Haider claims big players are still involved in match-fixing

Mumbai, February 15, 2011

By CricketCountry Staff

Pakistan wicketkeeper Zulqarnain Haider, who ran away from Dubai during an ODI series against South Africa last November, has claimed that there are more players including big names who are still involved in match fixing.

Haider told in an interview to a portal Pakpassion, “There are some very big names involved in these illegal activities, but they are getting away with it as thorough investigations are not being carried out. I was surprised by the statement by the ICC Chief Executive saying that the World Cup will be clean. The fact of the matter is that the three recently banned players Mohammad Asif, Mohammad Amir and Salman Butt are just the tip of the iceberg.”

“There are bigger names than the three banned players who are still involved in fixing in cricket, not only from Pakistan but from other nations as well,” Haider added.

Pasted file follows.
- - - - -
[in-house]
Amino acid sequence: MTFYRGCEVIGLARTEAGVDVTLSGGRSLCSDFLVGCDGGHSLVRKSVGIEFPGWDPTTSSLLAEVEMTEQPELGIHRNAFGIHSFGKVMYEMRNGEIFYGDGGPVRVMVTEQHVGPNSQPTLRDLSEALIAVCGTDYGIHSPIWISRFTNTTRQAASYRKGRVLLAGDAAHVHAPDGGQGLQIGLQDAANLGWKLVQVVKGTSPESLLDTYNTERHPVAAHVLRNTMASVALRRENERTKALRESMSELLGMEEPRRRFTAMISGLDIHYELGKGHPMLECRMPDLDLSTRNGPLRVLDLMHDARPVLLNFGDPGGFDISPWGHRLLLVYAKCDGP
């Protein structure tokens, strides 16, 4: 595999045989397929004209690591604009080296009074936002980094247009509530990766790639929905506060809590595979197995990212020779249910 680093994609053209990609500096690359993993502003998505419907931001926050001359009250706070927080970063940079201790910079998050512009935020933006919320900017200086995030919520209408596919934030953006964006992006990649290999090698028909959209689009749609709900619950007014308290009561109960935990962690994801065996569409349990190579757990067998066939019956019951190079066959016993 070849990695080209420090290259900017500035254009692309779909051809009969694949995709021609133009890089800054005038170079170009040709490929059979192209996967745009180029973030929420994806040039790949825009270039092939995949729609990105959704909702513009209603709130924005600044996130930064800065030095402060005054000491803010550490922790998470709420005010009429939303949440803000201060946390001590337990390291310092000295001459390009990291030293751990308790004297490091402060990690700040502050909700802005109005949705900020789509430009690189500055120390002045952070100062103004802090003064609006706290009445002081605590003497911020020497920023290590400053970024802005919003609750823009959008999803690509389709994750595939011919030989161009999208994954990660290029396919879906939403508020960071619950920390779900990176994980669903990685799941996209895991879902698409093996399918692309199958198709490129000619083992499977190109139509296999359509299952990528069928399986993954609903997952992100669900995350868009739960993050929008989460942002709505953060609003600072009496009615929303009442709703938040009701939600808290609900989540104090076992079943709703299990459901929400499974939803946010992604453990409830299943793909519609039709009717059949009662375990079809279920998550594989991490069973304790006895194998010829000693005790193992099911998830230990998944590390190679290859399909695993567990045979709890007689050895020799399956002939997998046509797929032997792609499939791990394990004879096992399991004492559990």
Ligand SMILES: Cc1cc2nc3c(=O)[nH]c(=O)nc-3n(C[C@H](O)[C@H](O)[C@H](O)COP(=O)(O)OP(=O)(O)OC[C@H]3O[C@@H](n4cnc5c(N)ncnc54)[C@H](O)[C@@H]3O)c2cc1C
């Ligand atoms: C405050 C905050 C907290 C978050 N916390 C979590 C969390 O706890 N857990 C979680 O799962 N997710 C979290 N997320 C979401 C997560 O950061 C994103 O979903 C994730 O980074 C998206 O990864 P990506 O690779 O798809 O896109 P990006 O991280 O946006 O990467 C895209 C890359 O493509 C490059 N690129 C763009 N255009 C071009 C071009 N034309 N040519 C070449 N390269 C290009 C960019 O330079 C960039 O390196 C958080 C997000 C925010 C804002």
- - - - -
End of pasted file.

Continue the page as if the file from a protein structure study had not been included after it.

“The Doha hearing was just the beginning, there is a lot more work to be done to clean up cricket but the relevant authorities need to do more before this goal can be achieved.”

He claimed that the tainted Pakistan trio s action came into light only because the News of the World gave the ICC’s Anti-Corruption and Security Unit a tip-off, and there is a lot more needed to be done. “It was simply down to an individual tipping off the News of the World who then passed their files to the ICC. The ACSU were reactive rather than proactive and have limited powers and is a weak organisation.”

In November 2010, Haider added more worries to Pakistan cricket by fleeing to London while their ODI series against South Africa was still on, claiming that an unknown person has been forcing him to get involve in match-fixing, or face dire consequences.

Haider also expressed that ICC needs to look into tournaments such as the Indian Premier League, “I feel that in addition to international cricket cleaning up its act, tournaments such as the ICL and IPL need to be closely watched. Players who have taken part in those tournaments also should have their bank accounts thoroughly investigated.”

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